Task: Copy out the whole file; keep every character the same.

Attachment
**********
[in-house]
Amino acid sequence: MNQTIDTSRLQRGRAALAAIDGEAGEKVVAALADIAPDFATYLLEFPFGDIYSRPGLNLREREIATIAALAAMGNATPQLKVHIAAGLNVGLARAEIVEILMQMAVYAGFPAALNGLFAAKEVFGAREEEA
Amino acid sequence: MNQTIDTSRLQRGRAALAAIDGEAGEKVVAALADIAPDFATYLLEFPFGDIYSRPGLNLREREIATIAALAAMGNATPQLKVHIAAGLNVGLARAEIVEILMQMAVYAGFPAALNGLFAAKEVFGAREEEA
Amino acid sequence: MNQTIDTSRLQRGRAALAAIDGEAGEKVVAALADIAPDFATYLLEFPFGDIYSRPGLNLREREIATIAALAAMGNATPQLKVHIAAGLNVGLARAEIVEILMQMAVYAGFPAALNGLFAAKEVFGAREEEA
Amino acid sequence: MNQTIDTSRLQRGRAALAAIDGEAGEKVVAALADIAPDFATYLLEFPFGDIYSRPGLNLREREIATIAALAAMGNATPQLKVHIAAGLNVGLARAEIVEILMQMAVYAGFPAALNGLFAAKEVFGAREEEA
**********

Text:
[in-house]
Amino acid sequence: MNQTIDTSRLQRGRAALAAIDGEAGEKVVAALADIAPDFATYLLEFPFGDIYSRPGLNLREREIATIAALAAMGNATPQLKVHIAAGLNVGLARAEIVEILMQMAVYAGFPAALNGLFAAKEVFGAREEEA
Amino acid sequence: MNQTIDTSRLQRGRAALAAIDGEAGEKVVAALADIAPDFATYLLEFPFGDIYSRPGLNLREREIATIAALAAMGNATPQLKVHIAAGLNVGLARAEIVEILMQMAVYAGFPAALNGLFAAKEVFGAREEEA
Amino acid sequence: MNQTIDTSRLQRGRAALAAIDGEAGEKVVAALADIAPDFATYLLEFPFGDIYSRPGLNLREREIATIAALAAMGNATPQLKVHIAAGLNVGLARAEIVEILMQMAVYAGFPAALNGLFAAKEVFGAREEEA
Amino acid sequence: MNQTIDTSRLQRGRAALAAIDGEAGEKVVAALADIAPDFATYLLEFPFGDIYSRPGLNLREREIATIAALAAMGNATPQLKVHIAAGLNVGLARAEIVEILMQMAVYAGFPAALNGLFAAKEVFGAREEEA